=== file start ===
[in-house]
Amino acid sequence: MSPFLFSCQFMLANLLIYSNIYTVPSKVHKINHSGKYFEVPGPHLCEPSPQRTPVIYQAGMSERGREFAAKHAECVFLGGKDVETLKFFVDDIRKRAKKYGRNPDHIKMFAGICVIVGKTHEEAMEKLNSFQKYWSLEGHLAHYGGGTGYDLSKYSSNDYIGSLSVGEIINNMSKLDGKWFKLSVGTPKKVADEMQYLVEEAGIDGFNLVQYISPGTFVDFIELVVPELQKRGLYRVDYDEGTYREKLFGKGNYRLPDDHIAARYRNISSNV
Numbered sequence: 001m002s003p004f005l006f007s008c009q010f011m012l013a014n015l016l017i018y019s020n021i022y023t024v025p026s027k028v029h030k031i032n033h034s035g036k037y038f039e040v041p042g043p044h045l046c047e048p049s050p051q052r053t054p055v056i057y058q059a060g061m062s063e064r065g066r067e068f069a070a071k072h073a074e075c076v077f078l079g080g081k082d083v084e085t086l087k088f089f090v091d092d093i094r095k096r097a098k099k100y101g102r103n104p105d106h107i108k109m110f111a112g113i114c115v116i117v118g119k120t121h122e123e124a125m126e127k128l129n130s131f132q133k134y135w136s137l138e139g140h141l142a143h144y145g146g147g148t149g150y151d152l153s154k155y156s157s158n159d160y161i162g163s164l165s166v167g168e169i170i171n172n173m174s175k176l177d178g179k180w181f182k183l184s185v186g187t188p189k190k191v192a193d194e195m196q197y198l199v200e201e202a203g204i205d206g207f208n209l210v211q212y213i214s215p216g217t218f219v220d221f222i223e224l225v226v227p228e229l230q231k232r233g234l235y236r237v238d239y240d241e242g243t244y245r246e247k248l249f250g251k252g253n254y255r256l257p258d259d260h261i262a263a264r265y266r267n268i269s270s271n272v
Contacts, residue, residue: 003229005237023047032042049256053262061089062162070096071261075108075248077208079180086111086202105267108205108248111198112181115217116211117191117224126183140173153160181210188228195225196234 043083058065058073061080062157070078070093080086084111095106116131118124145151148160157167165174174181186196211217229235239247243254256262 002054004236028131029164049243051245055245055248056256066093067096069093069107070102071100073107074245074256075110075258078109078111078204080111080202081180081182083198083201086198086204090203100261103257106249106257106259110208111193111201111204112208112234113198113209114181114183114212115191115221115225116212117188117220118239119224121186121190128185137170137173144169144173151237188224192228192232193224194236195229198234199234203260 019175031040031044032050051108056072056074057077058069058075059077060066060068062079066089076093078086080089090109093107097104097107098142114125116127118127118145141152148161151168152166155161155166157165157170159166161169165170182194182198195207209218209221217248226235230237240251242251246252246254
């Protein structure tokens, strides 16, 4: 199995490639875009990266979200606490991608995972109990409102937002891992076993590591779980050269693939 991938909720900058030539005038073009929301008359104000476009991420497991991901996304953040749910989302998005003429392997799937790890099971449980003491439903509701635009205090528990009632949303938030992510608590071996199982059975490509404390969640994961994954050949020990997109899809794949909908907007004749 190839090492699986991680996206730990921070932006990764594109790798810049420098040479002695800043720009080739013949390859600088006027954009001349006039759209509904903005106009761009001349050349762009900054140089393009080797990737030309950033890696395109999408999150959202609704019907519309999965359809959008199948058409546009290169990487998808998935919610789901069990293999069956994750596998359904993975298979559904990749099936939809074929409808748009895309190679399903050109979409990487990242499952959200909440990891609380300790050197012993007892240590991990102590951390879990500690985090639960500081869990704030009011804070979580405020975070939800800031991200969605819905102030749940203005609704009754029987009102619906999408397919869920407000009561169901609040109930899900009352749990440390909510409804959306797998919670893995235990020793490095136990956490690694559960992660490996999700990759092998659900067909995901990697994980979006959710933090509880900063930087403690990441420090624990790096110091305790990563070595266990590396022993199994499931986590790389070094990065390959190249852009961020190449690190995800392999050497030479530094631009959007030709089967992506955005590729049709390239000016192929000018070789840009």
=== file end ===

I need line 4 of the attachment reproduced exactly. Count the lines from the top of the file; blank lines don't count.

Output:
Contacts, residue, residue: 003229005237023047032042049256053262061089062162070096071261075108075248077208079180086111086202105267108205108248111198112181115217116211117191117224126183140173153160181210188228195225196234 043083058065058073061080062157070078070093080086084111095106116131118124145151148160157167165174174181186196211217229235239247243254256262 002054004236028131029164049243051245055245055248056256066093067096069093069107070102071100073107074245074256075110075258078109078111078204080111080202081180081182083198083201086198086204090203100261103257106249106257106259110208111193111201111204112208112234113198113209114181114183114212115191115221115225116212117188117220118239119224121186121190128185137170137173144169144173151237188224192228192232193224194236195229198234199234203260 019175031040031044032050051108056072056074057077058069058075059077060066060068062079066089076093078086080089090109093107097104097107098142114125116127118127118145141152148161151168152166155161155166157165157170159166161169165170182194182198195207209218209221217248226235230237240251242251246252246254